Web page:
The bortezomib/Doxil combination also increased the duration of response, reported the study's principal investigator, Dr. Robert Z. Orlowski from the University of Texas M.D. Anderson Cancer Center, and colleagues. However, the combination's benefits came at the expense of an increased risk of adverse events, including high-grade hematologic (e.g., neutropenia) and gastrointestinal (e.g., diarrhea, nausea) toxicities.
Based on the results of this trial, also known as the DOXIL-MMY-3001 study, the U.S. Food and Drug Administration recently approved the use of this combination for treating patients with multiple myeloma who have not previously received bortezomib and have received at least one prior therapy.
Irinotecan Not Effective in Adjuvant Therapy for Colon Cancer
Final results from a Cancer and Leukemia Group B (CALGB) trial show that irinotecan should not be added to 5-fluorouracil (5-FU) and leucovorin in the adjuvant treatment of stage III colon cancer. In the CALGB 89803 trial, led by Dr. Leonard B. Saltz and colleagues at Memorial Sloan-Kettering Cancer Center, no survival benefit was seen in the adjuvant setting. These results appear in the August 10 Journal of Clinical Oncology.
"These results were unexpected," writes Dr. Neal Meropol of the Fox Chase Cancer Center in Philadelphia in a related editorial. "After all, CPT 11 [irinotecan] had previously shown clear activity in patients with metastatic cancer - the accepted proving ground for subsequent adjuvant therapies."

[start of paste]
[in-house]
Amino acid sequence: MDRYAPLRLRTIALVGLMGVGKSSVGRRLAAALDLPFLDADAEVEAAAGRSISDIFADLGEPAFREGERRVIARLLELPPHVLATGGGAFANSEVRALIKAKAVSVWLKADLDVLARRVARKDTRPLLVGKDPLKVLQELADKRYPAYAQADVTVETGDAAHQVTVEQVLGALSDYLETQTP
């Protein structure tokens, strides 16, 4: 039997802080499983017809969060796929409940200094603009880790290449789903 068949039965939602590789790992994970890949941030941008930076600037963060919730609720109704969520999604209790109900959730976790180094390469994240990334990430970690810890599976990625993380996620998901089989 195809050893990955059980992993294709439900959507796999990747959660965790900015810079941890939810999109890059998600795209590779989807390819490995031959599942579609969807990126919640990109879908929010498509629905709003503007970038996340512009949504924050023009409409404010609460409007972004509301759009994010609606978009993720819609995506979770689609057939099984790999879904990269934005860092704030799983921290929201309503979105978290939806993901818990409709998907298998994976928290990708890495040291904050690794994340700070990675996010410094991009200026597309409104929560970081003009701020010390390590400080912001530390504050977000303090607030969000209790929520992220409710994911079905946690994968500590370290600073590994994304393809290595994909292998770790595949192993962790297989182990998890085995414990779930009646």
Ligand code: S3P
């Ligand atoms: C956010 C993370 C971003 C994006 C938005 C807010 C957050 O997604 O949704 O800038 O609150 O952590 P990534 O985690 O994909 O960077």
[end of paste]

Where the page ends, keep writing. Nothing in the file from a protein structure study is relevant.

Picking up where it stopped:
In previous trials, Dr. Saltz and others had found that adding irinotecan to 5-FU and leucovorin provided a modest but statistically significant improvement in survival compared to treatment with 5-FU and leucovorin alone in patients with metastatic colon cancer. Based on these findings, it was anticipated that the three-drug combination would also be effective when given after surgery to patients with less advanced disease.
"The report by Saltz et al. sends a strong message," said Meropol. "Randomized trials are necessary to prove the obvious, [because] history tells us that the obvious is often disproved."
Saltz and colleagues agreed. "The results of our trial demonstrate the dangers of jumping to conclusions before completion of the formal clinical trial assessment."In addition, combining irinotecan with 5-FU and leucovorin significantly increased treatment toxicity, including greater reductions in white blood cell counts and increases in infection, vomiting, and fatigue. More than 10 percent (65) of the 635 patients assigned to the irinotecan-containing arm had their treatment stopped because of an adverse event. Another 82 patients receiving the three-drug combination withdrew from the trial, more than twice the number of patients who withdrew from the 5-FU plus leucovorin arm. Within 60 days of entering the study, 14 patients receiving irinotecan died, compared to 5 in the 5-FU and leucovorin arm.